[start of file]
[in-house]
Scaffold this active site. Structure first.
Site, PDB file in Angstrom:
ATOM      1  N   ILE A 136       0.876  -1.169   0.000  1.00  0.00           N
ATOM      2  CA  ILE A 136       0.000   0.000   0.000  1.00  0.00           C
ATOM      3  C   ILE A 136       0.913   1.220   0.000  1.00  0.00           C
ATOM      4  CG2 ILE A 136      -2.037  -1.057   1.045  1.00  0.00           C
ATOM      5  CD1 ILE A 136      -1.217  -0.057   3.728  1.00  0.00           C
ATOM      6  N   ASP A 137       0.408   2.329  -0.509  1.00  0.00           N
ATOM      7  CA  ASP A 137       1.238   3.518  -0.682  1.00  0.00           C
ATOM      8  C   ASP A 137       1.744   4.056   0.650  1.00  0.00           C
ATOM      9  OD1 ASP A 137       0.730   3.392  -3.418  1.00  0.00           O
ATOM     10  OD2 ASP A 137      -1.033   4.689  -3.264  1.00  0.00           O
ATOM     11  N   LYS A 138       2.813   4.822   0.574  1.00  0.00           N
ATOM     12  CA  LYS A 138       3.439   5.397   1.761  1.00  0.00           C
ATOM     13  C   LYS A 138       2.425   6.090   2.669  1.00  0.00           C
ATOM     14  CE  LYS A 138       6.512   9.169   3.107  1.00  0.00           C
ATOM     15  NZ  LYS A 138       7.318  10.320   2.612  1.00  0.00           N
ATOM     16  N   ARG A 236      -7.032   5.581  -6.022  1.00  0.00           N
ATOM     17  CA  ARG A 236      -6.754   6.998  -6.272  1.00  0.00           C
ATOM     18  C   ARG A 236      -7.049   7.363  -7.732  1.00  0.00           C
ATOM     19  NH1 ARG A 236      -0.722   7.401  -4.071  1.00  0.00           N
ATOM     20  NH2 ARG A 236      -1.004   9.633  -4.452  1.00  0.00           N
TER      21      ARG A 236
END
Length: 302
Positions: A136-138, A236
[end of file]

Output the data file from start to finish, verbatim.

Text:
[in-house]
Scaffold this active site. Structure first.
Site, PDB file in Angstrom:
ATOM      1  N   ILE A 136       0.876  -1.169   0.000  1.00  0.00           N
ATOM      2  CA  ILE A 136       0.000   0.000   0.000  1.00  0.00           C
ATOM      3  C   ILE A 136       0.913   1.220   0.000  1.00  0.00           C
ATOM      4  CG2 ILE A 136      -2.037  -1.057   1.045  1.00  0.00           C
ATOM      5  CD1 ILE A 136      -1.217  -0.057   3.728  1.00  0.00           C
ATOM      6  N   ASP A 137       0.408   2.329  -0.509  1.00  0.00           N
ATOM      7  CA  ASP A 137       1.238   3.518  -0.682  1.00  0.00           C
ATOM      8  C   ASP A 137       1.744   4.056   0.650  1.00  0.00           C
ATOM      9  OD1 ASP A 137       0.730   3.392  -3.418  1.00  0.00           O
ATOM     10  OD2 ASP A 137      -1.033   4.689  -3.264  1.00  0.00           O
ATOM     11  N   LYS A 138       2.813   4.822   0.574  1.00  0.00           N
ATOM     12  CA  LYS A 138       3.439   5.397   1.761  1.00  0.00           C
ATOM     13  C   LYS A 138       2.425   6.090   2.669  1.00  0.00           C
ATOM     14  CE  LYS A 138       6.512   9.169   3.107  1.00  0.00           C
ATOM     15  NZ  LYS A 138       7.318  10.320   2.612  1.00  0.00           N
ATOM     16  N   ARG A 236      -7.032   5.581  -6.022  1.00  0.00           N
ATOM     17  CA  ARG A 236      -6.754   6.998  -6.272  1.00  0.00           C
ATOM     18  C   ARG A 236      -7.049   7.363  -7.732  1.00  0.00           C
ATOM     19  NH1 ARG A 236      -0.722   7.401  -4.071  1.00  0.00           N
ATOM     20  NH2 ARG A 236      -1.004   9.633  -4.452  1.00  0.00           N
TER      21      ARG A 236
END
Length: 302
Positions: A136-138, A236